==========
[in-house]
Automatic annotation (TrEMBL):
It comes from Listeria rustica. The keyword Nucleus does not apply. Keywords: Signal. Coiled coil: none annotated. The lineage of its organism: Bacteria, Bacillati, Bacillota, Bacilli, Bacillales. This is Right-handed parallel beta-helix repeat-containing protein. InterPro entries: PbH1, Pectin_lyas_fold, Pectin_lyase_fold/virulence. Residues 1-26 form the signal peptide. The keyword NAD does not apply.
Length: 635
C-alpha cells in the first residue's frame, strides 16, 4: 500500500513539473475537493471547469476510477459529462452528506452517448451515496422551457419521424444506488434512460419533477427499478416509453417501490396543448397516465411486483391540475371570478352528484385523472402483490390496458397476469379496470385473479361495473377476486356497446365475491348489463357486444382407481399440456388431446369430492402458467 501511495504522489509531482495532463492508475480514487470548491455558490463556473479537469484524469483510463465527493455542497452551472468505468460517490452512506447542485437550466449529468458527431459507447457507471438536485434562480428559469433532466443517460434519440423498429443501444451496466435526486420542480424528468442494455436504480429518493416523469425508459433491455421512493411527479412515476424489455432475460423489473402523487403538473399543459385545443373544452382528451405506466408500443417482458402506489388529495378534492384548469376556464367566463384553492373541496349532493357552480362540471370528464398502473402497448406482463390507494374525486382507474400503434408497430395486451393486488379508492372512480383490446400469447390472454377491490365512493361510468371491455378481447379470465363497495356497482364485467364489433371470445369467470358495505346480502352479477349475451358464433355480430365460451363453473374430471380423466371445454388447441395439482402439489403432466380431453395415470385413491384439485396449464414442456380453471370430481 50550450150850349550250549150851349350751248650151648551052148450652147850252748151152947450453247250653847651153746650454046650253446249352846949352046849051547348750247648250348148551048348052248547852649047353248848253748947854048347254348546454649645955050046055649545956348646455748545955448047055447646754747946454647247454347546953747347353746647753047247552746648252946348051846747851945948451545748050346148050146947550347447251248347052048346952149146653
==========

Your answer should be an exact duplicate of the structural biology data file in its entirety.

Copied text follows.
[in-house]
Automatic annotation (TrEMBL):
It comes from Listeria rustica. The keyword Nucleus does not apply. Keywords: Signal. Coiled coil: none annotated. The lineage of its organism: Bacteria, Bacillati, Bacillota, Bacilli, Bacillales. This is Right-handed parallel beta-helix repeat-containing protein. InterPro entries: PbH1, Pectin_lyas_fold, Pectin_lyase_fold/virulence. Residues 1-26 form the signal peptide. The keyword NAD does not apply.
Length: 635
C-alpha cells in the first residue's frame, strides 16, 4: 500500500513539473475537493471547469476510477459529462452528506452517448451515496422551457419521424444506488434512460419533477427499478416509453417501490396543448397516465411486483391540475371570478352528484385523472402483490390496458397476469379496470385473479361495473377476486356497446365475491348489463357486444382407481399440456388431446369430492402458467 501511495504522489509531482495532463492508475480514487470548491455558490463556473479537469484524469483510463465527493455542497452551472468505468460517490452512506447542485437550466449529468458527431459507447457507471438536485434562480428559469433532466443517460434519440423498429443501444451496466435526486420542480424528468442494455436504480429518493416523469425508459433491455421512493411527479412515476424489455432475460423489473402523487403538473399543459385545443373544452382528451405506466408500443417482458402506489388529495378534492384548469376556464367566463384553492373541496349532493357552480362540471370528464398502473402497448406482463390507494374525486382507474400503434408497430395486451393486488379508492372512480383490446400469447390472454377491490365512493361510468371491455378481447379470465363497495356497482364485467364489433371470445369467470358495505346480502352479477349475451358464433355480430365460451363453473374430471380423466371445454388447441395439482402439489403432466380431453395415470385413491384439485396449464414442456380453471370430481 50550450150850349550250549150851349350751248650151648551052148450652147850252748151152947450453247250653847651153746650454046650253446249352846949352046849051547348750247648250348148551048348052248547852649047353248848253748947854048347254348546454649645955050046055649545956348646455748545955448047055447646754747946454647247454347546953747347353746647753047247552746648252946348051846747851945948451545748050346148050146947550347447251248347052048346952149146653